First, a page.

By Tom Shales
Washington Post Staff Writer
Friday, October 3, 2008
"The Ex-List" stands an unfortunately good chance of becoming an "ex-series" before very many weeks have passed. Then again, I said that about "The X-Files," too, and it managed to straggle through.
"The Ex-List" is a romantic comedy, not a fancy-pants spook show. But like "X-Files," it has a promotable gimmick that could help it find a few fans -- literally.
If only the premise or the show were as bright as the light in the heroine's eyes. Elizabeth Reaser is a happy revelation as 33-year-old Bella Bloom, a single woman who learns from a gabby, temperamental old shrew of a fortuneteller that all her clocks are running out. If she doesn't marry a man within the next year, she is told, she is doomed to live in lonely singlehood all the rest of her life.
Reaser is the best reason to watch, beautiful even when unwisely dressed very hookerly, by whoever is in charge of costumes. That costumer is messing with class, but though Reaser looks uncomfortable in some of the outfits, she is always very comfortable in the part, making us believe that Bloom exists, and encouraging us to hope she finds the soul mate she longs for.
CBS's "Ex-List," debuting tonight, appears to be the only new fall show to be based on an Israeli TV series, something called "Mythological X." The American title is better, but the premise is apparently identical -- something vaguely resembling NBC's "My Name Is Earl," about a male listmaker determined to right the wrongs he's committed over the years and thus improve his "karma" and promote inner peace. Bloom isn't after anything that ethereal, though; she wants a mate and immediately sets about finding one.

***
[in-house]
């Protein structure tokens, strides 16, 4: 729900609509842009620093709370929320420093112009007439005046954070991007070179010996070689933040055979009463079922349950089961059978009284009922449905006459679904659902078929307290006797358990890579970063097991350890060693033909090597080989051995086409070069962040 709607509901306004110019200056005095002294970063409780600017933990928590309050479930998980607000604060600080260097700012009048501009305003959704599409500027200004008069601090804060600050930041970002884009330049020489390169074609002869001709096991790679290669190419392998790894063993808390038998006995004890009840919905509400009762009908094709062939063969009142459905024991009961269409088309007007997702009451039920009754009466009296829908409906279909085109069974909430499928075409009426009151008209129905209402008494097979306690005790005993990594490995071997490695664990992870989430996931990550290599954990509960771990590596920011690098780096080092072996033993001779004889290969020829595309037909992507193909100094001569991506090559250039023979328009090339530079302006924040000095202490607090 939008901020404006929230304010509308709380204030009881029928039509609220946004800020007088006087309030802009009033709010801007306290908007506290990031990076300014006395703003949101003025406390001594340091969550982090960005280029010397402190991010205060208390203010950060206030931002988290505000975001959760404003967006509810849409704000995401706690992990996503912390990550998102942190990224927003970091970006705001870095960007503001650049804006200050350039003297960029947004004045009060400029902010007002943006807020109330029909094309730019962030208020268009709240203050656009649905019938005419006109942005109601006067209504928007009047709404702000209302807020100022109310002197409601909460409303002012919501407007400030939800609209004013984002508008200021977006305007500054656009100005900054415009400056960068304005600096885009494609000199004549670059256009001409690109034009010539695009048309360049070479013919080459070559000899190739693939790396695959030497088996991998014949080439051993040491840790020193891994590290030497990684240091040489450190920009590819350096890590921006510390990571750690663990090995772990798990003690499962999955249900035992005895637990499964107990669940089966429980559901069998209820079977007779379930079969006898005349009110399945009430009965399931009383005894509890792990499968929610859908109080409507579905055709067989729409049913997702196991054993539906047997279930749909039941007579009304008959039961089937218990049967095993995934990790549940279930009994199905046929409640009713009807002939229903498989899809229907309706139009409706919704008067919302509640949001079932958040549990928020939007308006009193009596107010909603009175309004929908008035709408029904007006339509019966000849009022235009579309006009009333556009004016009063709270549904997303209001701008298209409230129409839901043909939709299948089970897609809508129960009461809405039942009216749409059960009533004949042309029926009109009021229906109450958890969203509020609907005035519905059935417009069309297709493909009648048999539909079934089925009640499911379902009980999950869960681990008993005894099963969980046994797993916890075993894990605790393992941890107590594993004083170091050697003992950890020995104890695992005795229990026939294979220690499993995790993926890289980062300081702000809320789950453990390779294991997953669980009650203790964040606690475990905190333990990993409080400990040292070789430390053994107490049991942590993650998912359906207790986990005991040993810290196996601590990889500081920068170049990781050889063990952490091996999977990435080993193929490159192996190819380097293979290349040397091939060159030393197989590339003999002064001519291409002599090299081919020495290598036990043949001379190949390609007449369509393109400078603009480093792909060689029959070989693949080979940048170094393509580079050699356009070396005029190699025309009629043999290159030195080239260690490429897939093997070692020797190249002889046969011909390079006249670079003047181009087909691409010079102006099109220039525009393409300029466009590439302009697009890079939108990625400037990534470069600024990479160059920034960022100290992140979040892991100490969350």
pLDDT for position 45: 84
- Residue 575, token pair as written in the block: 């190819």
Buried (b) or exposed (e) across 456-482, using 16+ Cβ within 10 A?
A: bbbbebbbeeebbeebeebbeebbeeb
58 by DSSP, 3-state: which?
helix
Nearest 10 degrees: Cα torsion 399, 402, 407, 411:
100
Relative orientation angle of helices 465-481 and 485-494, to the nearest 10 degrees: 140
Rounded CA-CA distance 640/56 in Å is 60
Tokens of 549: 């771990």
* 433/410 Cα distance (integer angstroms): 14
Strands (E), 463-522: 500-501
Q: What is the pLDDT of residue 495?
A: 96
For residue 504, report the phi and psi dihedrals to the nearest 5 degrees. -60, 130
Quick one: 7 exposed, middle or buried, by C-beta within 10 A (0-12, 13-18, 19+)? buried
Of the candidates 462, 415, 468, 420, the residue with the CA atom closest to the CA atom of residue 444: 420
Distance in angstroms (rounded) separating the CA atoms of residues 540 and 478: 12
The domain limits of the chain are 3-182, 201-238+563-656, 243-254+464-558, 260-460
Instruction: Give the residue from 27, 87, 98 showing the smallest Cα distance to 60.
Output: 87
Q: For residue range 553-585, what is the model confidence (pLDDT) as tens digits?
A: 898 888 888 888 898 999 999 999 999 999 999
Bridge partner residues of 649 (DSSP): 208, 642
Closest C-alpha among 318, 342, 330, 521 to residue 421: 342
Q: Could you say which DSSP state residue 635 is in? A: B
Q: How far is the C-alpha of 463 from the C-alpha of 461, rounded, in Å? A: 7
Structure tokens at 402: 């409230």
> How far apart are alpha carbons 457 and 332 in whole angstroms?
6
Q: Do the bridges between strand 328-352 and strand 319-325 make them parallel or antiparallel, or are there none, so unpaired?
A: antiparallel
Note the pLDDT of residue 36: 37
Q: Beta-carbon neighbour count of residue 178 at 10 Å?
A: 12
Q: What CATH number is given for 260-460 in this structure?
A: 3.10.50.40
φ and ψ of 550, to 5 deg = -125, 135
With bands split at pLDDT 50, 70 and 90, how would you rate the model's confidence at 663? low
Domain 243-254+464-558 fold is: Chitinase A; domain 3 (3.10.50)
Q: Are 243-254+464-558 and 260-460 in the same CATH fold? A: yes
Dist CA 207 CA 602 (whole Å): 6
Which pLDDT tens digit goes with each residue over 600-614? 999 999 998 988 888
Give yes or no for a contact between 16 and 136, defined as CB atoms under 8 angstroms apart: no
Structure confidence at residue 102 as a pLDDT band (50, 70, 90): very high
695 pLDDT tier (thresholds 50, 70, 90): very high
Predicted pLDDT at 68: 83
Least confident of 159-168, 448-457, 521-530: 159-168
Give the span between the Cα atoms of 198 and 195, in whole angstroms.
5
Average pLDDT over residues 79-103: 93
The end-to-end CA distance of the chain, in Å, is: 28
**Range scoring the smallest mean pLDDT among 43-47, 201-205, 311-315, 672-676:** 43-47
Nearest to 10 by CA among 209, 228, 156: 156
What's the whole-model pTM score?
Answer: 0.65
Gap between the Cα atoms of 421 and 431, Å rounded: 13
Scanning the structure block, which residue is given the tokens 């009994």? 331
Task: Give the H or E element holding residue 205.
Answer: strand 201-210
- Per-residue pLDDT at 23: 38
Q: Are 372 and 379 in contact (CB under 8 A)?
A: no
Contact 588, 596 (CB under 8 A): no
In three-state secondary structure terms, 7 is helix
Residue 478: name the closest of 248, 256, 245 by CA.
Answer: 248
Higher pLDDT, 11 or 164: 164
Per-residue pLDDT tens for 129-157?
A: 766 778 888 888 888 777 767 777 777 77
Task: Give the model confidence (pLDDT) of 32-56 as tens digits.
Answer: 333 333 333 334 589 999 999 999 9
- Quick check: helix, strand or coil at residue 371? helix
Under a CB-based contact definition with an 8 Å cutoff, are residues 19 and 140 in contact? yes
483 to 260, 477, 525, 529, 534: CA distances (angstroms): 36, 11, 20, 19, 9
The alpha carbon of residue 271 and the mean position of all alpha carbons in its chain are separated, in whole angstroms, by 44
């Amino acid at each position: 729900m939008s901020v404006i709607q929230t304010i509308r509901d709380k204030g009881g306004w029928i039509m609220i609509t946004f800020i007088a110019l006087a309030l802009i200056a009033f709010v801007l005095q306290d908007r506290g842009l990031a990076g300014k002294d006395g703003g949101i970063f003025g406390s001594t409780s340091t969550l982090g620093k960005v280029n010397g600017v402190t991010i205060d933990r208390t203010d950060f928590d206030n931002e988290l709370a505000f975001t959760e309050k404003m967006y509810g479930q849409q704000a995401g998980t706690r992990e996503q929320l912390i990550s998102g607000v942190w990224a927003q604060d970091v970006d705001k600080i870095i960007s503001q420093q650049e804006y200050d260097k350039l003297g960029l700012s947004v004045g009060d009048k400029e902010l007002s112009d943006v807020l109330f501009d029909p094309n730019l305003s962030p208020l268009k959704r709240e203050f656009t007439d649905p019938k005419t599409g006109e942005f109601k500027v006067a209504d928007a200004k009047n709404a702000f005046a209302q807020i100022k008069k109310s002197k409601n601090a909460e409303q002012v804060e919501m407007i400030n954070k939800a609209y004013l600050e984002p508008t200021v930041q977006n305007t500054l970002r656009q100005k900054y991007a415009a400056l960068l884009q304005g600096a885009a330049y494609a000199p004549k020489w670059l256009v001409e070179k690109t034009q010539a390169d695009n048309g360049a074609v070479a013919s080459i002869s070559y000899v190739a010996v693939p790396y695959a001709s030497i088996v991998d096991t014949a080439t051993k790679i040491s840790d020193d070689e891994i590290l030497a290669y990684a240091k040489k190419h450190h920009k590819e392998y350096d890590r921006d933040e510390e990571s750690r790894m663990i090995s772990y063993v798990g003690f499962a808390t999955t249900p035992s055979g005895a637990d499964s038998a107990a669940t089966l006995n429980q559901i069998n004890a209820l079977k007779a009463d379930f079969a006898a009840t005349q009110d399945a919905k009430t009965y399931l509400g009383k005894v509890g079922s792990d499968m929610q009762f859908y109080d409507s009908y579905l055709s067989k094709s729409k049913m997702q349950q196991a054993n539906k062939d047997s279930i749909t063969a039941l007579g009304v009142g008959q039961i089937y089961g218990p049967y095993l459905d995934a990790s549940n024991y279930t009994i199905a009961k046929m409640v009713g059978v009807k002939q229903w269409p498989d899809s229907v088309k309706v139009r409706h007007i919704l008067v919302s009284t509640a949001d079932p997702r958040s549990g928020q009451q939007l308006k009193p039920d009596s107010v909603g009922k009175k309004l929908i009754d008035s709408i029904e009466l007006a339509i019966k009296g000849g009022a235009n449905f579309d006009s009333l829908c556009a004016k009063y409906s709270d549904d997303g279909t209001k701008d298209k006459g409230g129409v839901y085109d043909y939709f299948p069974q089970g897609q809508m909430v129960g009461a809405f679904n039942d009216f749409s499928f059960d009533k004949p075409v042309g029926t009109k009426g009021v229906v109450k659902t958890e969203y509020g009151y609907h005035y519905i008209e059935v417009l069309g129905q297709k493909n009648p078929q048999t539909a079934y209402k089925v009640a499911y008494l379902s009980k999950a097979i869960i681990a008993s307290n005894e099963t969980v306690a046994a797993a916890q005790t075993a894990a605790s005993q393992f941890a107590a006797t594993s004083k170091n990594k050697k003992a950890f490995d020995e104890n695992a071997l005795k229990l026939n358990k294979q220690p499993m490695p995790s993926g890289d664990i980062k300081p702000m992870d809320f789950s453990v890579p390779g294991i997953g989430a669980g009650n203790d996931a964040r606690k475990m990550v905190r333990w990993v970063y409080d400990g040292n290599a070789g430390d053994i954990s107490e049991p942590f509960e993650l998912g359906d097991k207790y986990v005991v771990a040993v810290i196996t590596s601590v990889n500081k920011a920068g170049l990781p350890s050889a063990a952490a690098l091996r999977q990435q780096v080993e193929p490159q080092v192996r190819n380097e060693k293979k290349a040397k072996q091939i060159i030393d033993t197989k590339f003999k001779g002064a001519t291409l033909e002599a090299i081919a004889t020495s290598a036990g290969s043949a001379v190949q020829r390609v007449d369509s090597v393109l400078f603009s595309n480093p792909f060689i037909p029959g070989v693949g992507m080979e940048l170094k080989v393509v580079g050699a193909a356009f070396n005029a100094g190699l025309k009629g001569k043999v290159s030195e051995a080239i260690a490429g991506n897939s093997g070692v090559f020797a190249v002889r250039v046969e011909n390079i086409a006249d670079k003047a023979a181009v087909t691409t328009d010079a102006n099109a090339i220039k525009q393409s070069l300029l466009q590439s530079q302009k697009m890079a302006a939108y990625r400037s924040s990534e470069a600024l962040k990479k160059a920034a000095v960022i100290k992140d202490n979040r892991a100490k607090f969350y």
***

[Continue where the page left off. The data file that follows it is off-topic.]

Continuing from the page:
She gets precious little help -- littler than it is precious -- from a flock of friends who do nothing but sit around all day, sometimes soaking their fannies in a child's inflatable swimming pool (a grim omen of what we all might be doing should unemployment reach, oh, 80 percent) and shoot the breeze to death.
Why such a happening gal would hang out with these slackers and losers is not easy to figure -- especially considering that one of them, your proverbial dumb blonde, appears to be obsessed with pubic hair, especially her own. Apparently all this chatter is supposed to be shocking or edgy or both, but it goes on so long that rather quickly, it turns desperate. When the recently denuded woman contemplates getting herself a merkin (a word once used in the title of a movie, but mercifully scarce since), many a viewer will want to mutter a repulsed "Oh, brother."
In the premiere, and presumably in each future episode, Bloom looks up an old boyfriend on the grounds that she might have loved him and left him too quickly to appreciate his subtler charms. But Boyfriend No. 1, a soulful, mush-mouthed composer of achy-flaky ballads, actually gets to do some dumping of his own, and in a semi-ingenious way that you will see only if you stay to the bittersweet end.
Things do not look good for the show in other ways, even besides its unenviable Friday night time slot and its humdrum supporting cast. Diane Ruggiero, who adapted the Israeli series for American TV and wrote tonight's premiere, announced early last month that she was leaving the show over that usual Hollywood bugaboo, creative differences. She wanted to go one way and CBS executives wanted another.
Now "Ex-List" is like a stock in which very few people are likely to invest. But those adventurous souls who do tune in will discover in Reaser an adept, attractive and hugely alluring comic actress. When better roles come along, she will get them.
The Ex List (one hour) premieres tonight at 9 on Channel 9.